Walter Robinson American Legion Post 450

Sewickley Black History Tour

Walter Robinson American Legion Post 450

Sewickley, Pennsylvania 15143, United States

Created By: Sweetwater Center for the Arts


Walter Robinson American Legion Post 450
20 Chadwick Street, Sewickley

Named for Sewickley’s first Black man to die as a result of a WWI injury, the Walter Raleigh Robinson American Legion, Post 450 was founded in 1922. The U.S. American Legions War Veterans’ organization provided respite for members of the armed forces and for those coming home from conflict and war. Its founding is attributed to Valley Col. Robert Way and senior commander of Sewickley Post No. 4 and comrade Harry Winston of Coraopolis. The legionnaires first held meetings in homes and churches, then in 1944 acquired this historic building. This was the old Sewickley Railroad Station built in 1887. In 1929 the railroad tracks were moved to make way for Ohio River Boulevard and the building was loaded onto flatcars and moved to its present location. The Legion became a social hub for Blacks in the area, as well as Pittsburgh. The Pavilion added to the back of the Legion was first used for boxing tournaments. In the 1940’s through the 1960’s it was the place where big named bands played, Dizzy Gillespie, Cab Calloway, Buddy and Ella Johnson, Ruth Brown, Duke Ellington, Ella Fitzgerald, Gene Amons, Bill Doggett, “Bull Moose” Jackson, Wood Herman, Count Basie, Dinah Washington, Louis Jordan, Stan Getz, Jackie Wilson, Ahmad Jamal, Ray Charles, Fats Domino, Lloyd Price. It was also used by the community for wedding receptions, school proms, local dances, Christmas parties, and the Come On Home festivities. The Legion had a drill team, organized by Jesse Stotts, named the Walter Robinson American Legion Post 450 Drill Team. They march in the Sewickley and Leetsdale annual parades, as well as in Pittsburgh and across the state. In 1965, they marched in Washington D.C. during the American Legion National Convention down Pennsylvania Avenue.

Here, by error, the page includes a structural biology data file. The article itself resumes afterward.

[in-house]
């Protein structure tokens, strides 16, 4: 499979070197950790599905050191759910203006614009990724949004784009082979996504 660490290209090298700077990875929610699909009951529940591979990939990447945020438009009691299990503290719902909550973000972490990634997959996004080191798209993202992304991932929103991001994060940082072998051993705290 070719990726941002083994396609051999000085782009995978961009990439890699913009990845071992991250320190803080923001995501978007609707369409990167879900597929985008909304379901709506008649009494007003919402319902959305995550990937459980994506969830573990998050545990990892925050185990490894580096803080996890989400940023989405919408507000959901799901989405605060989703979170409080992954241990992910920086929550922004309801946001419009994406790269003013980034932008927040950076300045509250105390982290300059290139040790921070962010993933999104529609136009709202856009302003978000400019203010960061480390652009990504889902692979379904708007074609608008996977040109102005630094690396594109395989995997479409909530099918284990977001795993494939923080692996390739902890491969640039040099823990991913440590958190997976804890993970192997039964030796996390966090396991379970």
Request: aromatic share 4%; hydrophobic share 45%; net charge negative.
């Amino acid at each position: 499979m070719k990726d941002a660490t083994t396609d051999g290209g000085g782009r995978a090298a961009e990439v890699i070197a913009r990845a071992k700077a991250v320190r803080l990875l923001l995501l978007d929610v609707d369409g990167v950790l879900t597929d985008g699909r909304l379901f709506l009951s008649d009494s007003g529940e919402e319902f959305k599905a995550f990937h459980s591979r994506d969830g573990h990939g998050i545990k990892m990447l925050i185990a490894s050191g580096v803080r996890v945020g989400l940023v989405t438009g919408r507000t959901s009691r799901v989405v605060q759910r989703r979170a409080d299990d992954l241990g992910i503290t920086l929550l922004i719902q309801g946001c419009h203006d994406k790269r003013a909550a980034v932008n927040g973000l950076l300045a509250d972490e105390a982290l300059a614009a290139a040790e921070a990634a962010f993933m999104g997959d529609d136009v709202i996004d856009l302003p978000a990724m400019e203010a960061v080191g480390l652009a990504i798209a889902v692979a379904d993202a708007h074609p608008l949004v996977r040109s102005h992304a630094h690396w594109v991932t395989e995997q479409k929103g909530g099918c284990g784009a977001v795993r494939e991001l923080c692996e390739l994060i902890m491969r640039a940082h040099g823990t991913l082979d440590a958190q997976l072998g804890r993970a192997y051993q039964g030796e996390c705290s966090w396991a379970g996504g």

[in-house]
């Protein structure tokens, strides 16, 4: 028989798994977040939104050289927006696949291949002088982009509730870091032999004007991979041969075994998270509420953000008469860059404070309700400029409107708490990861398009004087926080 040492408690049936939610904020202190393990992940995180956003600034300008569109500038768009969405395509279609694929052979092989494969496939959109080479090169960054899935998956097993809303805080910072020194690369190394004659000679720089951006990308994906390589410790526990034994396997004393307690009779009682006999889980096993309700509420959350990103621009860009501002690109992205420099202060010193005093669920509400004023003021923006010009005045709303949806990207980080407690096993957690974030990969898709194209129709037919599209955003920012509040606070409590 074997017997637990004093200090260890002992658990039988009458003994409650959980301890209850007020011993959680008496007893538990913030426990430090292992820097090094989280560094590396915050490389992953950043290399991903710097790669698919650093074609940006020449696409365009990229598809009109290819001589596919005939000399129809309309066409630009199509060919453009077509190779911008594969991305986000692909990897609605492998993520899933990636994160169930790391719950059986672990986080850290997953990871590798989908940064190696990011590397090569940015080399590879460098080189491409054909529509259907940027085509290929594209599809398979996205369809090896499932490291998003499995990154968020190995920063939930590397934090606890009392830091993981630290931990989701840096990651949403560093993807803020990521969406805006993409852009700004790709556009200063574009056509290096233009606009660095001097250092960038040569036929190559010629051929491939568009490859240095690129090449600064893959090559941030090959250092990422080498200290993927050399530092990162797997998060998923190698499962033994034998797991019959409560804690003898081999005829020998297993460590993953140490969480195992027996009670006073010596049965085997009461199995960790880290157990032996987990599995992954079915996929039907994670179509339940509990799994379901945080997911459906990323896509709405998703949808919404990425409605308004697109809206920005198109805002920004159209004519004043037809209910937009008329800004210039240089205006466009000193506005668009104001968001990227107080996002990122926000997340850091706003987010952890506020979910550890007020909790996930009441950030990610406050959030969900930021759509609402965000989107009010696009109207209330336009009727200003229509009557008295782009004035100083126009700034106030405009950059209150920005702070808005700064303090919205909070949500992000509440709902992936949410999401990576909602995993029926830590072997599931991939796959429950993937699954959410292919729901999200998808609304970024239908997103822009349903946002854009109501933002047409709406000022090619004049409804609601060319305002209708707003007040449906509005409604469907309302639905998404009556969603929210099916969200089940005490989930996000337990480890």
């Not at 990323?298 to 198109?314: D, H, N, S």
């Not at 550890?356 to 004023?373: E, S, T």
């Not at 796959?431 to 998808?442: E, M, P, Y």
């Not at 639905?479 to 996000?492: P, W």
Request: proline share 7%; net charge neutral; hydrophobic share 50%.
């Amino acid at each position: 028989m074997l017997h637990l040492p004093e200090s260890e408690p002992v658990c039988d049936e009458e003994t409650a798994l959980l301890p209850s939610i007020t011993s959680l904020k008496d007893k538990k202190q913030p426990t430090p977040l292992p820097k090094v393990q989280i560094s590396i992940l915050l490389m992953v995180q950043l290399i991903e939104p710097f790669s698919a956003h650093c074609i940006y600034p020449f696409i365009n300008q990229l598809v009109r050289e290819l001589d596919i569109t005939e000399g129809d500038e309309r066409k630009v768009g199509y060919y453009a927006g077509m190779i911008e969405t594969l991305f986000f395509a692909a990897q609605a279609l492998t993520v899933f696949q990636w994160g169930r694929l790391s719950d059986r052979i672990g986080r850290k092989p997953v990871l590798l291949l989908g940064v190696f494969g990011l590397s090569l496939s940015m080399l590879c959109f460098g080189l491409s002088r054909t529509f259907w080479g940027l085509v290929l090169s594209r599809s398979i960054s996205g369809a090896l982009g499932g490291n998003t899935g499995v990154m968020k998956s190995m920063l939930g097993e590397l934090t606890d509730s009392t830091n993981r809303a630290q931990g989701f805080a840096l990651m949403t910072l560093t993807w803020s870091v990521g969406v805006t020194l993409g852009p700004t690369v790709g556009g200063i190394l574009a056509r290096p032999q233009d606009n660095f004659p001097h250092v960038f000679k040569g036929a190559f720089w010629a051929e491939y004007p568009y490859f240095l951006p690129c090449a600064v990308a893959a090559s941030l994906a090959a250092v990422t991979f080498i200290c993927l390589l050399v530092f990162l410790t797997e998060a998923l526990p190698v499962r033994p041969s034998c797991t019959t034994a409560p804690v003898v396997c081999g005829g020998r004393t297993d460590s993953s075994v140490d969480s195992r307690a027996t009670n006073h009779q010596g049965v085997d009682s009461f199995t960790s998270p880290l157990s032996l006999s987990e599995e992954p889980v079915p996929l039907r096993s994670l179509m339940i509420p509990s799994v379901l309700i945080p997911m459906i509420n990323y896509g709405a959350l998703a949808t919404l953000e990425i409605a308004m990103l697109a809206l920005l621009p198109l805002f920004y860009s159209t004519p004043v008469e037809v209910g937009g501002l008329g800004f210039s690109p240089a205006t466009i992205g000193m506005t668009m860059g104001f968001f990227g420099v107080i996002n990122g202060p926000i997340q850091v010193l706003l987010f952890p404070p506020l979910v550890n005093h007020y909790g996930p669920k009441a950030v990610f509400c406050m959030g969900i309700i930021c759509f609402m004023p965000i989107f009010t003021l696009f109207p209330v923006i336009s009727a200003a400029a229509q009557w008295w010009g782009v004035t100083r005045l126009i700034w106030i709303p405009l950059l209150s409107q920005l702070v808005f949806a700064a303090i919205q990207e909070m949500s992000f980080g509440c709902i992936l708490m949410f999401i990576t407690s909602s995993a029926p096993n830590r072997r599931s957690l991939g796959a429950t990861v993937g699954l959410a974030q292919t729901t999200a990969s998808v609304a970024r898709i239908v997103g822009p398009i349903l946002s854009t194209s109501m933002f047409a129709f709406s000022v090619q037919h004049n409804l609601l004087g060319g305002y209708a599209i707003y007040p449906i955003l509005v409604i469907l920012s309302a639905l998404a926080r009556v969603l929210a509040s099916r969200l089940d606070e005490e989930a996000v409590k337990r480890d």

Black History of the Time (1922-2013)
The American Legion organization was founded in 1919. Posts began forming all over the country quickly and the first posts dedicated to serving Black veterans began in that same year. With segregation practiced throughout the country, the American Legion left it up to each state to decide if they would allow African Americans to join the existing posts. We did not find evidence of one that was integrated. In turn, Black veterans chartered their own posts throughout Black neighborhoods across the country. These posts often became integral parts of the Black communities where they were located. The story of Walter Robinson American Legion post 450 is a familiar one. Often being the only location in town where Blacks could gather safely for large events, the posts became the centers for social activities in the communities.

This point of interest is part of the tour: Sewickley Black History Tour


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